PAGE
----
Tellurium Q Blue II Interconnect and Loudspeaker Cable Review
Jay Garrett has a colourful time with this British cable brand’s budget offering…
Blue II XLR interconnects and Speaker Cables
£235 and £16.50 p/metre, respectively
Tellurium Q’s Geoff Merrigan may be a man with a passion for materials science, but he’s a got a good ear too. He started his company back in 2009, at the height of a recession, in what was already a crowded market. Fast forward eleven years, and TQ is now a successful, award-winning brand with The Queen's Award for Enterprise under its belt. He must have been doing something right, then…
Geoff's fascination with relative transient phase distortion – the blurring of the leading and trailing edges of notes, to you and me – has informed his design work, and paid dividends, it would seem. His thinking – which he’s not very sharing about, to put it politely – has lead to Tellurium Q making a wide range of cables and interconnects that’s proving enduringly popular.
Tellurium Q has three so-called “families of sound”. Blue is the entry-point price-wise but aimed at giving a warmer and richer performance than its price rivals. The Black range is the brand's mid-point in pricing and is said to be more revealing. The Silver family is at the top-table with only the Tellurium Q Statement above it; it’s where to go if you're looking for a more revealing and detailed presentation, according to the manufacturer.
The entry-level Blue II range reviewed here is sensibly priced and likely to have wide appeal. This newly upgraded series retains the original pricing of £235 for the 1m XLR interconnect and £16.50 per metre for the loudspeaker cable, plus £6 for termination. Outwardly the new versions are very similar to the old – aside from a ‘II’ legend and a more vibrant hue on the interconnects – but I’m told the new cable has better asymmetric shielding, multiple new dielectrics, internal structural changes with geometry tweaks and conductor changes. I certainly approve of the new blue shade, and the time-proven Neutrik XLR connectors are as robust as ever.
These new TQ cables give an open, expansive and engaging sound at the price, to the point that in my case they flattered both my music and my system. Blue II doesn’t go off in pursuit of forensic perfection, instead, it chooses to enjoy itself and have fun. Having an earlier set of Tellurium Q Blue cables to hand, I was also able to do a direct A-B comparison between old and new. Upon reflection, I’d say that it wasn’t so much an incremental improvement between the two generations of cable, as a fundamental difference. They really should be called Lapis or Cyan, rather than plain old Blue II.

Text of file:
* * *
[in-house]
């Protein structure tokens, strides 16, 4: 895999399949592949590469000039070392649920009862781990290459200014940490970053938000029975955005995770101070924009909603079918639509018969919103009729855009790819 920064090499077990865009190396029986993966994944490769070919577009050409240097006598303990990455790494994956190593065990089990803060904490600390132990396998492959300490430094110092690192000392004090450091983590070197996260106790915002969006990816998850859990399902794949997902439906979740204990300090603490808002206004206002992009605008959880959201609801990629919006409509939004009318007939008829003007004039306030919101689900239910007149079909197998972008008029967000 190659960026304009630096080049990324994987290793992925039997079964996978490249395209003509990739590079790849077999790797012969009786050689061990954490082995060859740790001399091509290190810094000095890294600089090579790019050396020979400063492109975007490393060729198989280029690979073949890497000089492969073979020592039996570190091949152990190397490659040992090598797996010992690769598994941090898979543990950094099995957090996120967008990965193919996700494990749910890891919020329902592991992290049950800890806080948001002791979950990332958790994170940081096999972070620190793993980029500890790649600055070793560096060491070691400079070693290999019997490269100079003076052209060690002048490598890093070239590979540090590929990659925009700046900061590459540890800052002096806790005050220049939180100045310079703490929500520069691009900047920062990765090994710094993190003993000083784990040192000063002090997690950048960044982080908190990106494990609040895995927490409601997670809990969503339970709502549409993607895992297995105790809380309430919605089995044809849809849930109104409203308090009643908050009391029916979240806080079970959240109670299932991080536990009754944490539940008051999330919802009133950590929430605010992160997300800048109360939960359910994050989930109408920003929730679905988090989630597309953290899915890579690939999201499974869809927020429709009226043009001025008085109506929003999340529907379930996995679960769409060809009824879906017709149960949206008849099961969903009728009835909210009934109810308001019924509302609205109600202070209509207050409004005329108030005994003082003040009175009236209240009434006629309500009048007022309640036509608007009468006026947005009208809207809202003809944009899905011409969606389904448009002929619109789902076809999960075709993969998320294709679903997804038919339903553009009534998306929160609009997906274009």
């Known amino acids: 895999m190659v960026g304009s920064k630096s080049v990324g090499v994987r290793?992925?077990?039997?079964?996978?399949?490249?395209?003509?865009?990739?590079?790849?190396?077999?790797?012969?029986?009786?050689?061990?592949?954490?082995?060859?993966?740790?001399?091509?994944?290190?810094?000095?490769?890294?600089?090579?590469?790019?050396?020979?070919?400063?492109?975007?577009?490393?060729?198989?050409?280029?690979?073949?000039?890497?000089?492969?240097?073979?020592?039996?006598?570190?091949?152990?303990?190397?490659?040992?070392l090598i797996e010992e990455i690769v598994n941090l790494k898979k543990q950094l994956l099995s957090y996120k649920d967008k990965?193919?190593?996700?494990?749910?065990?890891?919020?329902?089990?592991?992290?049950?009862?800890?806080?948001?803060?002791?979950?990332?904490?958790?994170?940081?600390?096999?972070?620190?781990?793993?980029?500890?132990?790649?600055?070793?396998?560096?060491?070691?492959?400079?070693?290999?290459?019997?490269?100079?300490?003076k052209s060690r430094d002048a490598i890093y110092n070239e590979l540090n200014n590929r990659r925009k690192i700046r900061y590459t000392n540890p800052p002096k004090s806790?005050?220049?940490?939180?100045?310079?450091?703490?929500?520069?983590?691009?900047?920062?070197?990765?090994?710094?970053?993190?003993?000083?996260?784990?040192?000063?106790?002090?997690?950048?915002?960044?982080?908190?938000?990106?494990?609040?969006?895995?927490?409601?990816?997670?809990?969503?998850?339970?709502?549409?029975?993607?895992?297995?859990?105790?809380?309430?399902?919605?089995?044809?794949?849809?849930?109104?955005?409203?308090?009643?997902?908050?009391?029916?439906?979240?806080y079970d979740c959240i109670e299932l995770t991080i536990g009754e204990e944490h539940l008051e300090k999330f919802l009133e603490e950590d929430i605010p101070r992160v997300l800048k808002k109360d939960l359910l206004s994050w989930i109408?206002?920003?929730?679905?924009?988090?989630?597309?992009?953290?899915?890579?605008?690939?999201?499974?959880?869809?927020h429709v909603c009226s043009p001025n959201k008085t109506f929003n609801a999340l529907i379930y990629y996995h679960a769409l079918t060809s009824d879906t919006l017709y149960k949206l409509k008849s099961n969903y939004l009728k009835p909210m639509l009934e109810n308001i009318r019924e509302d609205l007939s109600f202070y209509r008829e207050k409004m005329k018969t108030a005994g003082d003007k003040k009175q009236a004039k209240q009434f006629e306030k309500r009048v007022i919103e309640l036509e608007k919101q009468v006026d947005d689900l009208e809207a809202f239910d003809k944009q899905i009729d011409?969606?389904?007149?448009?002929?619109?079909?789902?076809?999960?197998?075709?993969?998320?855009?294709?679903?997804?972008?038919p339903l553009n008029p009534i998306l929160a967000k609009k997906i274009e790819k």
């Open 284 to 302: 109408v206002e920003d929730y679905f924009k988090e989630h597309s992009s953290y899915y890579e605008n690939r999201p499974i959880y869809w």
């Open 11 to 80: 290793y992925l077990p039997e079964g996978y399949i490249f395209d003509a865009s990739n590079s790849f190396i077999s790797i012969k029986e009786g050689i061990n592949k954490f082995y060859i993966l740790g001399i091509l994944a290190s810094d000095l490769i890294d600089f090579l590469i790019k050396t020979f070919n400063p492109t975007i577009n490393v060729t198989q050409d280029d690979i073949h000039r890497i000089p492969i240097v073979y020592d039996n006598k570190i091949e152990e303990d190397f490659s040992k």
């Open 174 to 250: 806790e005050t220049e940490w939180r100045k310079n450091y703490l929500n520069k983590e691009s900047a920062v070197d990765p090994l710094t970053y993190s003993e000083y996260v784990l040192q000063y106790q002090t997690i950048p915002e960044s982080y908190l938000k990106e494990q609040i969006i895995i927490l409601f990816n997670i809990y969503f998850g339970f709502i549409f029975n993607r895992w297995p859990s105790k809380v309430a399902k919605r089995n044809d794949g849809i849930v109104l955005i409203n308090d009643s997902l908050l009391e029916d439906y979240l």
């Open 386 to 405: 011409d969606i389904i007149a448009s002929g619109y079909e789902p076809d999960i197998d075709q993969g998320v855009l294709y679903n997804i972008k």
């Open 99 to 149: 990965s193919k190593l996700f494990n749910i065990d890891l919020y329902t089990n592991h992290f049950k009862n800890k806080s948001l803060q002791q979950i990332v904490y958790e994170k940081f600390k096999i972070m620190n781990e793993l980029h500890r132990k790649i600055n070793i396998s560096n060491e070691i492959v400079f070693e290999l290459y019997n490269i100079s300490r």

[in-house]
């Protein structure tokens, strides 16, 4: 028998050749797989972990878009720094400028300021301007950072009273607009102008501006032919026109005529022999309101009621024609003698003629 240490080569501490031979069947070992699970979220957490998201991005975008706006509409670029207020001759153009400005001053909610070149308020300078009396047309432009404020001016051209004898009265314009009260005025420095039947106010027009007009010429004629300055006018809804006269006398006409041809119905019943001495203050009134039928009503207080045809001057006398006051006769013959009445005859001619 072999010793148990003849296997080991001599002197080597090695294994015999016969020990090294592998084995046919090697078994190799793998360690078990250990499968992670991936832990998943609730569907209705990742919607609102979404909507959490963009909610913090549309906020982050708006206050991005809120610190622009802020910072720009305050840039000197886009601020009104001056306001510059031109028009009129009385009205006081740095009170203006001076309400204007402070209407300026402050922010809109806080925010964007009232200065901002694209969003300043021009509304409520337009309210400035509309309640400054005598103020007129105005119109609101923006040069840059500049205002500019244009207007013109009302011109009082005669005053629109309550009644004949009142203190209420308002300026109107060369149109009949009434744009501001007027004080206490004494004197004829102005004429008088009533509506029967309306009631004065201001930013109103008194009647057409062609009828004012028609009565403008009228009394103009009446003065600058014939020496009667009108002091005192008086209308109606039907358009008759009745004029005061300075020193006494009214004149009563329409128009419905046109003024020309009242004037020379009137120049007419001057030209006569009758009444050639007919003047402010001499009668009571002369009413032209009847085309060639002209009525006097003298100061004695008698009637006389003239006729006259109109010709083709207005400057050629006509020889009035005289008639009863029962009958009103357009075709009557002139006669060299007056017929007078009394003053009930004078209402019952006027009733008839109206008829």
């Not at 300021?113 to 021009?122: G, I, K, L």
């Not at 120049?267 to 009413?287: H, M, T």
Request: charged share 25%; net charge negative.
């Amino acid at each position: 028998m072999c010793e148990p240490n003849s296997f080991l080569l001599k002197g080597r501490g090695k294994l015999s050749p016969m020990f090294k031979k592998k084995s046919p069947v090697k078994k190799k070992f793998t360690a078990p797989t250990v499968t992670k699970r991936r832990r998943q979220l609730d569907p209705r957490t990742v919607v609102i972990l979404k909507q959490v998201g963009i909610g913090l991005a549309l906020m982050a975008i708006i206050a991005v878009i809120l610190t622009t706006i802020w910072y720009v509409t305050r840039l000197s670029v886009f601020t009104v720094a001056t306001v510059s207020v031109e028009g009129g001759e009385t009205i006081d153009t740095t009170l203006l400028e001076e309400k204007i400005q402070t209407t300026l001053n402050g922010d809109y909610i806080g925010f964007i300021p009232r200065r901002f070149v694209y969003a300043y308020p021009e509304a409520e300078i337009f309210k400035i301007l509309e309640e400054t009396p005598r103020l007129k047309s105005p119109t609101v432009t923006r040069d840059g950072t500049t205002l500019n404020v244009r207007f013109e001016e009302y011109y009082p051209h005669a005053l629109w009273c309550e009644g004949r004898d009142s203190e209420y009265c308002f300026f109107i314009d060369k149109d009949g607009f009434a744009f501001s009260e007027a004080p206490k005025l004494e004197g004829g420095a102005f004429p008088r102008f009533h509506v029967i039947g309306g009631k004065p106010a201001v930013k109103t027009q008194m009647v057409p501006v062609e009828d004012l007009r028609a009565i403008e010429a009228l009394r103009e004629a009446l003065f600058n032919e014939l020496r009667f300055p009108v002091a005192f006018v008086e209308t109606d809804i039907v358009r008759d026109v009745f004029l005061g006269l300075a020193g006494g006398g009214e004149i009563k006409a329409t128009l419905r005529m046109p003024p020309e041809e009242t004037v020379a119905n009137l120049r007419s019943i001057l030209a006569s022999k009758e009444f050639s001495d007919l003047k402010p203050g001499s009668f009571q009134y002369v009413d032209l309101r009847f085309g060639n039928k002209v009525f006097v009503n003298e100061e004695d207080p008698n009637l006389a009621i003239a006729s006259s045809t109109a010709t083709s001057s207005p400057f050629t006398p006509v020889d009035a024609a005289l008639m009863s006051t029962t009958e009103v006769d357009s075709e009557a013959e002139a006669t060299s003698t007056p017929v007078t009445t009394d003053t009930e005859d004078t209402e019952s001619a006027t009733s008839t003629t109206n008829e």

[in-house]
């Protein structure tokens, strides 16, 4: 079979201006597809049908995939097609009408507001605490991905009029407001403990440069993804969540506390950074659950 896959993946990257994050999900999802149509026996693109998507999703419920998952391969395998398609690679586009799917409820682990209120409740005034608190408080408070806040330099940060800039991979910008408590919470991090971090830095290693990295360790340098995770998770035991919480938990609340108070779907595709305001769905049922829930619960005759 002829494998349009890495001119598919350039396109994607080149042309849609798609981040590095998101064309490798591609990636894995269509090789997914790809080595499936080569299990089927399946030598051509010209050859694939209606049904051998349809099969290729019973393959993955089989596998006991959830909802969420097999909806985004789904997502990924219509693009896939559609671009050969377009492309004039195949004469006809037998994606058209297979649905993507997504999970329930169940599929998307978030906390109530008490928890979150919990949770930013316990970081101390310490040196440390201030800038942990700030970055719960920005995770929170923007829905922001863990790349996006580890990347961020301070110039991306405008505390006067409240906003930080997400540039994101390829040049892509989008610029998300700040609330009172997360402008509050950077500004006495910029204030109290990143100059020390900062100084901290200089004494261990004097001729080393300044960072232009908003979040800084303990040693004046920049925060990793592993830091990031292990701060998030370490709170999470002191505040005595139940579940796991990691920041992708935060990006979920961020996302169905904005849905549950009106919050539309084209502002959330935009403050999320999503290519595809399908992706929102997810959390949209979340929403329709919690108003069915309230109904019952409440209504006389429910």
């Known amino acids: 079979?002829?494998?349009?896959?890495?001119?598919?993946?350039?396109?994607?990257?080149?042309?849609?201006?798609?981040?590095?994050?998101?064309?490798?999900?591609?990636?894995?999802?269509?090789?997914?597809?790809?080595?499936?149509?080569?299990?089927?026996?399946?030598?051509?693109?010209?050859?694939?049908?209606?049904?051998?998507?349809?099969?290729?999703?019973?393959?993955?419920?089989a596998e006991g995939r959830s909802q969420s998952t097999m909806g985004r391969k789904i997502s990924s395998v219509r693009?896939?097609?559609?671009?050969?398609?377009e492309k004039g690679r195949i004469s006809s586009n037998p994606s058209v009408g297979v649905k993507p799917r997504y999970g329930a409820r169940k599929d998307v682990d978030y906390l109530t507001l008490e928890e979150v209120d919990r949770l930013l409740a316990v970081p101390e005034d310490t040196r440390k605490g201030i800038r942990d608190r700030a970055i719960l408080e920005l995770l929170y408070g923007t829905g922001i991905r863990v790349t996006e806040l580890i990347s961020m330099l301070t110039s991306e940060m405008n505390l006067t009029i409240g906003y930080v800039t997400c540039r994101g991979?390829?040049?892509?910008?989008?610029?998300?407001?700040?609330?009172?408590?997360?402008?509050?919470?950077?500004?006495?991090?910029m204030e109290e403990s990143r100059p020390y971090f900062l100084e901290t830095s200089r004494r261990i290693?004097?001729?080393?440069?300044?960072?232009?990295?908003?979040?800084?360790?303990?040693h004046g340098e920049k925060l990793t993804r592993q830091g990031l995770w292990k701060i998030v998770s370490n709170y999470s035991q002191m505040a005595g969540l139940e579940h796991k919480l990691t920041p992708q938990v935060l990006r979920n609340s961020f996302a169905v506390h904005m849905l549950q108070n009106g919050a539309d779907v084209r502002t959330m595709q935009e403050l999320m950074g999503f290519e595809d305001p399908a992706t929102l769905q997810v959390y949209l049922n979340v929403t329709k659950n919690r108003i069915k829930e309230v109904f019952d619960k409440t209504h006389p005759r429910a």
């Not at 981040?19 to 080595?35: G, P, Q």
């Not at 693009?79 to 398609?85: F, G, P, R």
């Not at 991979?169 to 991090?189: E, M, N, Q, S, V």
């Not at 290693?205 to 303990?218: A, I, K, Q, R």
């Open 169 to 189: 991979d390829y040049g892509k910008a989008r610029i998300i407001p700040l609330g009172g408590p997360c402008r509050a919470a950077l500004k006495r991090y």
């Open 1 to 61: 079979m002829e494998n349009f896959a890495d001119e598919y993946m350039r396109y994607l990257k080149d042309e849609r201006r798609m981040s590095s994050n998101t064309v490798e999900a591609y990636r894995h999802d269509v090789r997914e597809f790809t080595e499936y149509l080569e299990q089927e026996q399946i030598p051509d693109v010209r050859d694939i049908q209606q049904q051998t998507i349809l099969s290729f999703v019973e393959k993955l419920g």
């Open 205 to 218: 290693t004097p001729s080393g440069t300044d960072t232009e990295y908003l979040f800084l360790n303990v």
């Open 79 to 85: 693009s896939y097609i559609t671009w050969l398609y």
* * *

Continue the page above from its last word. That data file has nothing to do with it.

Still, kicking off with an old Blue 1m interconnect sitting between my Oppo UDP 205 disc player and Anthem STR integrated amplifier, things sounded very nice indeed. Tearing Me Up by Bob Moses had a nice low bass line and zingy hi-hats, not to mention crisp finger clicks and shimmering tambourines. But when I substituted the Blue II, the taut bass got more room to breathe and things fell into place to make a more natural sound.
Indeed, via the new cable, bass felt less of an outsider in songs such as American Dream by Ondara. The improved integration of the low frequencies also had a knock-on effect of tightening up the midband and extending the treble too. The bass harmonics in Pearl Jam's Jeremy came through much clearer with the Blue II, and Eddie Vedder's already expressive vocals had a wonderfully tangible timbre. This all added up to a more engaging performance – one that’s as good as I’ve heard at this price for this sort of interconnect.
Adding the new speaker cables was another step in the right direction. As well as loving the now more fulsome bass, I was impressed by Blue II’s rhythmic chops. Roundabout by Yes had been pretty darned good via the old speaker cables, but the new ones brought both atmosphere and more authentic tonality. Harmonics had seriously impressive attack and decay. It was as if Messrs Anderson, Bruford, Howe, Wakeman, and Squire had suddenly moved from a rehearsal room to an airier environment, letting the listener follow individual instruments more easily. Again, timing improved with the new cable, making for an enjoyable and cohesive listening experience.
It’s often hardest to get good results from budget interconnects and speaker cables, so Tellurium Q’s fine show with the new Blue II is to be applauded. Despite being priced to be paired with affordable hi-fi, these new entry-level cables will embarrass neither you nor your system. Indeed they still impress in seriously revealing set-ups, such is the basic correctness of the design. Thumbs firmly aloft then, hear them if you can.
StereoNET UK’s Editor, bass player, and resident rock star! Jay’s passion for gadgets and Hi-Fi is second only to being a touring musician.
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